Surf: “Average” 3- to 4-foot, perfect, sheet glass Teahupo’o barrelsEvents held: NoneNature’s call: Hallelujah!Predicted: Excited to see Thursday — word is it’ll be better than “average”Mark Occhilupo sits at pole position. He’s upright, with his classic Italian underbite protruding and looking well-satisfied. Further up the reef a set of head-high groove-tubes come firing through. “Young buck” Shane Dorian slowly begins to whip around. “Anyone on this one?”Occy gives him the nod. Dorian does a no-paddle fall-in and disappears. “Ah, that’s the one,” Occ says contentedly to see his friend into a good one.As the next wave rears into a right-angled, dark blue lump, the entire crowd of top professional surfers let out a unified hoot. The Occ takes two charismatic strokes to follow the track of Dorian’s wave in royal style. A good number of seconds pass before he flies into the channel to hear the bit of joy such a ride can bring into the world. Whether you want to believe it or not, this is what these guys do for a living.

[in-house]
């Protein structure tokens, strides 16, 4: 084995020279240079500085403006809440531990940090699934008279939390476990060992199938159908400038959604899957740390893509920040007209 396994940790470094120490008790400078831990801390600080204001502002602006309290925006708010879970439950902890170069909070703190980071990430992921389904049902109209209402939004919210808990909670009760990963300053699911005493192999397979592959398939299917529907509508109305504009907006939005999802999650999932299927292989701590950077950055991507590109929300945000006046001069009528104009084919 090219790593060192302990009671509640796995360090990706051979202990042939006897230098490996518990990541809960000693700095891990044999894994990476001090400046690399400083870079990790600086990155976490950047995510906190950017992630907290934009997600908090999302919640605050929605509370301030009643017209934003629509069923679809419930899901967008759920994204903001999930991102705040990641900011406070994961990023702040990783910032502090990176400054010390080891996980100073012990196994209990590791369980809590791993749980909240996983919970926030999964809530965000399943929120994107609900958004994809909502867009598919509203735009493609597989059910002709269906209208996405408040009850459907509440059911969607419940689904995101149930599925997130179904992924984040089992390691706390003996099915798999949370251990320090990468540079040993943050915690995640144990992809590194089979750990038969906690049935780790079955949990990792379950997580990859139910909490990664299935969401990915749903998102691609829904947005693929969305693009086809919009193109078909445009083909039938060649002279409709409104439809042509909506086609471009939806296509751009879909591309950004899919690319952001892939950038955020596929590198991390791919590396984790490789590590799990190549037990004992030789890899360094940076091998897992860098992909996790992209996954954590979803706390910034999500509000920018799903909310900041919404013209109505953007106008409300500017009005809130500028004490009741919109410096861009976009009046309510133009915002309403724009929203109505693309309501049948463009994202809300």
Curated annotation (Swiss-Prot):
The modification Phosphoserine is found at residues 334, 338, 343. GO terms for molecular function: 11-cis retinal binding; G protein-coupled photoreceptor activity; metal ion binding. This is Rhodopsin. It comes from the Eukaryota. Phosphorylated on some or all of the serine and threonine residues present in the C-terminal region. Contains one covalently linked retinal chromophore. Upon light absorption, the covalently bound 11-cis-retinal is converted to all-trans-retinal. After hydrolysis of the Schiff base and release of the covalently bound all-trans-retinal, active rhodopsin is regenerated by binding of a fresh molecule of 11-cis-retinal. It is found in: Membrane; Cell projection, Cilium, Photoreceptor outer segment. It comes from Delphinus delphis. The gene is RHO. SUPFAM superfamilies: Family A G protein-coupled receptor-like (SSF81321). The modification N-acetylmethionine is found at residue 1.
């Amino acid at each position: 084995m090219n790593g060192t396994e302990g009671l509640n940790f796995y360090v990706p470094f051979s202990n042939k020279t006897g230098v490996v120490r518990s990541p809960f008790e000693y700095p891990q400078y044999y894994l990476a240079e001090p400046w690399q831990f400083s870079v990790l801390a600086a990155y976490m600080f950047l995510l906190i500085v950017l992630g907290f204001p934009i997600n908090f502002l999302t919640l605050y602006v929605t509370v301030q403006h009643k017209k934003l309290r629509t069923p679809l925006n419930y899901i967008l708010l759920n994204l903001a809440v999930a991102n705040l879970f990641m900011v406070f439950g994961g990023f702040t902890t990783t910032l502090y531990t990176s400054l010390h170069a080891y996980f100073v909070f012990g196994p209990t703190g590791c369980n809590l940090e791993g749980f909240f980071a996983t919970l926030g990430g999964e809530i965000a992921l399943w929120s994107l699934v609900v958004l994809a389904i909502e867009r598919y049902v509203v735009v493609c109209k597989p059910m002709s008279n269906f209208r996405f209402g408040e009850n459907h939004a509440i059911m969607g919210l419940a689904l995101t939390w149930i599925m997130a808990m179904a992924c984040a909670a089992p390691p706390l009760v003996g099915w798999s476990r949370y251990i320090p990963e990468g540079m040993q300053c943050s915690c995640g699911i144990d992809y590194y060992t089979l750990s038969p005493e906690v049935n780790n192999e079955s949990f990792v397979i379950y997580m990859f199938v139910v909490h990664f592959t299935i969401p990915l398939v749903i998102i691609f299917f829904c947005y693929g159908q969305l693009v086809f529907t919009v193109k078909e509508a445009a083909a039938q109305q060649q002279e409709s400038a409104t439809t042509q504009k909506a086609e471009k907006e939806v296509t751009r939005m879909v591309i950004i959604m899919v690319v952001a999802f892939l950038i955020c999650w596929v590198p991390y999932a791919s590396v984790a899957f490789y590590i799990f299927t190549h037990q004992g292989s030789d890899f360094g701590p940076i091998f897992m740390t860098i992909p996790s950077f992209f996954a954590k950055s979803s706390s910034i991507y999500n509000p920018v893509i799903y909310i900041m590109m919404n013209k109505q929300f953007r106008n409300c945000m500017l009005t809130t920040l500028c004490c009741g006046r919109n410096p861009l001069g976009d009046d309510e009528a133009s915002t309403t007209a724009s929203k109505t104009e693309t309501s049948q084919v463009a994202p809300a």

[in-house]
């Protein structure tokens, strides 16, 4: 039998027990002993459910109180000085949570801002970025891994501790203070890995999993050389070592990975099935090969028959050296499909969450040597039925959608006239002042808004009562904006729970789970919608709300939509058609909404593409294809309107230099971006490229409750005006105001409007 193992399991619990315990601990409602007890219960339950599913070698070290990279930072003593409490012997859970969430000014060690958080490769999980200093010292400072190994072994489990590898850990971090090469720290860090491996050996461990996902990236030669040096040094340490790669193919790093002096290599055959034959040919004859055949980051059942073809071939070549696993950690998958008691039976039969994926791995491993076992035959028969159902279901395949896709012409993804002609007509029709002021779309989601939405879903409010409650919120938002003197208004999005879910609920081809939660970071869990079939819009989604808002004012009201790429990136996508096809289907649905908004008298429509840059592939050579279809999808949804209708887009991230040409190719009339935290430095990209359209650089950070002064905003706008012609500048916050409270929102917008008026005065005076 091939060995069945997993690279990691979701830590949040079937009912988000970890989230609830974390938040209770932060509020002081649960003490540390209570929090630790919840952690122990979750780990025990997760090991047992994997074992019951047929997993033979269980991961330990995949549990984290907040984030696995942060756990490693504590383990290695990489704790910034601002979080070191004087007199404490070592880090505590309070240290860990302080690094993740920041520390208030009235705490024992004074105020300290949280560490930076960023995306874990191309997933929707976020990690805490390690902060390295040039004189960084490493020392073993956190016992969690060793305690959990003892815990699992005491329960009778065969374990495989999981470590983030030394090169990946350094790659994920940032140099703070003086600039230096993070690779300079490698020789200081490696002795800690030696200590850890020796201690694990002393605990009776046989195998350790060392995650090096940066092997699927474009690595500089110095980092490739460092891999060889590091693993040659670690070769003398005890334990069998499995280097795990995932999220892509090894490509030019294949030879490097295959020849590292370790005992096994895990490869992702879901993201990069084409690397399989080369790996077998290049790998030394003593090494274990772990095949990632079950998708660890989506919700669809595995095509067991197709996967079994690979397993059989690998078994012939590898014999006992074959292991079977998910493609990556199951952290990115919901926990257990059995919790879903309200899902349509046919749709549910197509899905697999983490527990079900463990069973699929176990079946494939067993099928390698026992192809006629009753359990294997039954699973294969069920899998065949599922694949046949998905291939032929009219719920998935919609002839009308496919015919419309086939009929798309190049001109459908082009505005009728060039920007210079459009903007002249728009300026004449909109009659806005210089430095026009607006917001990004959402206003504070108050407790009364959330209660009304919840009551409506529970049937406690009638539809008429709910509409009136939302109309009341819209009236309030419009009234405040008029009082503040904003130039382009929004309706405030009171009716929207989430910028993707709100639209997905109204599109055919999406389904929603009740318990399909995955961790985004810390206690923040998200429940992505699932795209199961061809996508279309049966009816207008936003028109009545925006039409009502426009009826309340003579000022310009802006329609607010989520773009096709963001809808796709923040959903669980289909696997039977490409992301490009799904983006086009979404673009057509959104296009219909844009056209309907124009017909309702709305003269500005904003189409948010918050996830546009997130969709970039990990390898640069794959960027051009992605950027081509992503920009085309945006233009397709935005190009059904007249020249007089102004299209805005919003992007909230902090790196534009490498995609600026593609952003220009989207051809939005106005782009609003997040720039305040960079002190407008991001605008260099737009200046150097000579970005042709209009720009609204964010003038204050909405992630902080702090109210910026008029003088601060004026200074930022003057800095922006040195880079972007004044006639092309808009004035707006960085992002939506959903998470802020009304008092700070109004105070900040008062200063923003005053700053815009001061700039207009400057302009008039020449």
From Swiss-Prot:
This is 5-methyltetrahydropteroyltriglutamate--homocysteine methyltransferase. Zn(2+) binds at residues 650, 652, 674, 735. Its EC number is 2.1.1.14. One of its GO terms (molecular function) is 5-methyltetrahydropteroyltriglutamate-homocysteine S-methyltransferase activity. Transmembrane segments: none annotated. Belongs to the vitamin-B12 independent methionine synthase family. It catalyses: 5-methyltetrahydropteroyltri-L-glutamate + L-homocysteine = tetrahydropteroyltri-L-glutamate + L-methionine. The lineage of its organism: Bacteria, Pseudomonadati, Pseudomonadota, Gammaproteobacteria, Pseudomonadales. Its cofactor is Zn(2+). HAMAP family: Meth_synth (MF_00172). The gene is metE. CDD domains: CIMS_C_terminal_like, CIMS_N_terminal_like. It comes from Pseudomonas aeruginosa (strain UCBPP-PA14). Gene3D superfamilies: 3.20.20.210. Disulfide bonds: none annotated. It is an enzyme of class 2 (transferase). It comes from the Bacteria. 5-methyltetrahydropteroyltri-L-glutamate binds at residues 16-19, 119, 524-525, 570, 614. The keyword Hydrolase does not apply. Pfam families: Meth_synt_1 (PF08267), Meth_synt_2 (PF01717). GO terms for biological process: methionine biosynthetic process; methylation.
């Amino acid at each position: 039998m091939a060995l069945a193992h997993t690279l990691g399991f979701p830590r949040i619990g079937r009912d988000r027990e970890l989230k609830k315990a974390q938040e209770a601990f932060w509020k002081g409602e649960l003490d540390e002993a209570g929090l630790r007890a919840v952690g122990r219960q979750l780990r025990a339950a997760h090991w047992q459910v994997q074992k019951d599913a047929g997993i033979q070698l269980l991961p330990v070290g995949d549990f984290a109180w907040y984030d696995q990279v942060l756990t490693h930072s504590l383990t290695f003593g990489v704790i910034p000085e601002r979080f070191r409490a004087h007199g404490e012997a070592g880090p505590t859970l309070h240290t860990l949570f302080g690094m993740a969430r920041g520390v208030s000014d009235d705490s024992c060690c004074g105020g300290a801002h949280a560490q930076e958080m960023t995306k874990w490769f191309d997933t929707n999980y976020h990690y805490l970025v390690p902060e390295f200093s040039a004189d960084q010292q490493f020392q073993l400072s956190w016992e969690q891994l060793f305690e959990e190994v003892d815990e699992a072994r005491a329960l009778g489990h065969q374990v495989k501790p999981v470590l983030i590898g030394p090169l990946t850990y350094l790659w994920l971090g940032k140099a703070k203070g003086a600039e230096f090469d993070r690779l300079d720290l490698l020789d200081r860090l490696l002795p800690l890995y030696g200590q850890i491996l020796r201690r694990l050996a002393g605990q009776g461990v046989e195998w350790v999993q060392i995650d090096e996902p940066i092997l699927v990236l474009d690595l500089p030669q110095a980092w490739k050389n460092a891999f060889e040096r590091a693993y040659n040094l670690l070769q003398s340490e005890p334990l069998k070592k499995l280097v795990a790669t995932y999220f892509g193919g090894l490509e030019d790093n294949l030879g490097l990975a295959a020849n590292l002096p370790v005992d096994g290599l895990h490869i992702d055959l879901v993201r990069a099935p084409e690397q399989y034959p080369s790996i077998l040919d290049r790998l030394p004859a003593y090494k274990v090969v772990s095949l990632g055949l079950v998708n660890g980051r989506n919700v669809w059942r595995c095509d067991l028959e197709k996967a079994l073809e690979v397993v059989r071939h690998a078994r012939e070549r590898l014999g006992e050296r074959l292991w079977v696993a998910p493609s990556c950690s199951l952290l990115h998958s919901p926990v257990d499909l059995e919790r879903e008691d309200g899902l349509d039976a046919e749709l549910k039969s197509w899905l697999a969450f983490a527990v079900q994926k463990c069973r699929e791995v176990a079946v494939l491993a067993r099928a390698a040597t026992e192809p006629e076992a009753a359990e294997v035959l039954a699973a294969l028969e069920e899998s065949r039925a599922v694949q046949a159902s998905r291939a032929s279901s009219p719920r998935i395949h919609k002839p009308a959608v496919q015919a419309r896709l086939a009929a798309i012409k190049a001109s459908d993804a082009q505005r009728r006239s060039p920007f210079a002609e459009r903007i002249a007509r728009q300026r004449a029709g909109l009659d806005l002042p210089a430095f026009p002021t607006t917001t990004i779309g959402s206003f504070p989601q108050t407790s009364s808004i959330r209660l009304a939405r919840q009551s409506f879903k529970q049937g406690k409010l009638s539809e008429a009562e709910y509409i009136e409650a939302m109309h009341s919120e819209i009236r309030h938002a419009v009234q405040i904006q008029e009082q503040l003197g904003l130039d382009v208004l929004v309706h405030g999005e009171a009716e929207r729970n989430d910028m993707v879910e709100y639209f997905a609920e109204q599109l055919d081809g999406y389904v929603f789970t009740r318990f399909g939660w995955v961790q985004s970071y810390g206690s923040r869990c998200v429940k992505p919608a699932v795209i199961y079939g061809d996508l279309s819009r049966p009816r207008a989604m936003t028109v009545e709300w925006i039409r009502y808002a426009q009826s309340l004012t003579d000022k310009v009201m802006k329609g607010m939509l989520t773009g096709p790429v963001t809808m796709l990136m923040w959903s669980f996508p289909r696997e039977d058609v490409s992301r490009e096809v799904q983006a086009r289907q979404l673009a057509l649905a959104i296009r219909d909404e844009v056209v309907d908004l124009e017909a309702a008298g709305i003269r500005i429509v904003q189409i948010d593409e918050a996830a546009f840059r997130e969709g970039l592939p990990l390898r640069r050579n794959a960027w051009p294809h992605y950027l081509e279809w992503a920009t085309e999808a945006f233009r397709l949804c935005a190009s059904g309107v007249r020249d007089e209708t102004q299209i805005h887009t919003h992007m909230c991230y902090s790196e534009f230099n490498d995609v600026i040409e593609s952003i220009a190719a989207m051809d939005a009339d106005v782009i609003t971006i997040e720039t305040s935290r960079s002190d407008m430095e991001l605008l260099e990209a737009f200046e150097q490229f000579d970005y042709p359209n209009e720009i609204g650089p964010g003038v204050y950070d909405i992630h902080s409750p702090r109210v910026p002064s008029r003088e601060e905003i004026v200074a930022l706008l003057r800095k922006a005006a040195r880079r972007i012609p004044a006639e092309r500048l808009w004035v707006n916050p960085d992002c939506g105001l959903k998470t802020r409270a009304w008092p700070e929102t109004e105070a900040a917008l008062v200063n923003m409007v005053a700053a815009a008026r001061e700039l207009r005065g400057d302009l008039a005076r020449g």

With the now legendary Billabong Pro Teahupo’o tentatively scheduled for an 8 a.m. Tuesday start, today is what they call a lay day. To them, the aforementioned surf is just barley good by their standards. They’re already jaded from an event — now in its fifth year — that’s seen the superhuman feats of Cory Lopez, gravity-defying drops from Andy Irons, continued greatness courtesy of Mr. Kelly Slater and the unrelenting consistency of super senior Mark Occhilupo. They’ve seen way too much to get excited over perfect, slightly overhead barrels — they know they need to save their adrenaline for when it really gets serious. So, for now, the 44 can be found in various forms of lazing around the various rentals clustered at Tahiti’s “End of the Road.” And why wouldn’t they? Dead last place (or equal 33rd) is still worth 3,000 U.S. greenbacks — easily enough for yet another happy vacation here in French Polynesia. What does your surf-satisfied correspondent have to say? Well, beside all that you just read, not too much. The water is 85 degrees, the papaya I just ate is fresh on my fingertips and, somewhere out beyond this jungle island, the waves are just right. Some might call it the Life of Riley. But that would be an understatement. This is the life of Occy.— Hagan Kelley[For more info, go to Billabong’s website.]